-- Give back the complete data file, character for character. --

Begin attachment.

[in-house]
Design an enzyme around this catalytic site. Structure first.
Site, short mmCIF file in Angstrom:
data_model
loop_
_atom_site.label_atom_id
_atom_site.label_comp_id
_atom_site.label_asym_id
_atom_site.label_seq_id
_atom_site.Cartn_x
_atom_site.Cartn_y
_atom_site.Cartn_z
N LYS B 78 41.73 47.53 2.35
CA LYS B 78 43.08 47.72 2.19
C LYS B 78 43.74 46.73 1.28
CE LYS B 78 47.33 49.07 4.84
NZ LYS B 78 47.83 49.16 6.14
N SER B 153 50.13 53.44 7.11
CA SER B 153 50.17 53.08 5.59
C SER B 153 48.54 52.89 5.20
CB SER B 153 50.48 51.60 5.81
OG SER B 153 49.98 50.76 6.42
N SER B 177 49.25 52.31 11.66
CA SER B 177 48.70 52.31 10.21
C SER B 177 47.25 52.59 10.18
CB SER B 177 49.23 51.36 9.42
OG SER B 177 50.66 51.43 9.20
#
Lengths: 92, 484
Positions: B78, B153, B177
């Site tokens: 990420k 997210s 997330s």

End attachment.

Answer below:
[in-house]
Design an enzyme around this catalytic site. Structure first.
Site, short mmCIF file in Angstrom:
data_model
loop_
_atom_site.label_atom_id
_atom_site.label_comp_id
_atom_site.label_asym_id
_atom_site.label_seq_id
_atom_site.Cartn_x
_atom_site.Cartn_y
_atom_site.Cartn_z
N LYS B 78 41.73 47.53 2.35
CA LYS B 78 43.08 47.72 2.19
C LYS B 78 43.74 46.73 1.28
CE LYS B 78 47.33 49.07 4.84
NZ LYS B 78 47.83 49.16 6.14
N SER B 153 50.13 53.44 7.11
CA SER B 153 50.17 53.08 5.59
C SER B 153 48.54 52.89 5.20
CB SER B 153 50.48 51.60 5.81
OG SER B 153 49.98 50.76 6.42
N SER B 177 49.25 52.31 11.66
CA SER B 177 48.70 52.31 10.21
C SER B 177 47.25 52.59 10.18
CB SER B 177 49.23 51.36 9.42
OG SER B 177 50.66 51.43 9.20
#
Lengths: 92, 484
Positions: B78, B153, B177
């Site tokens: 990420k 997210s 997330s």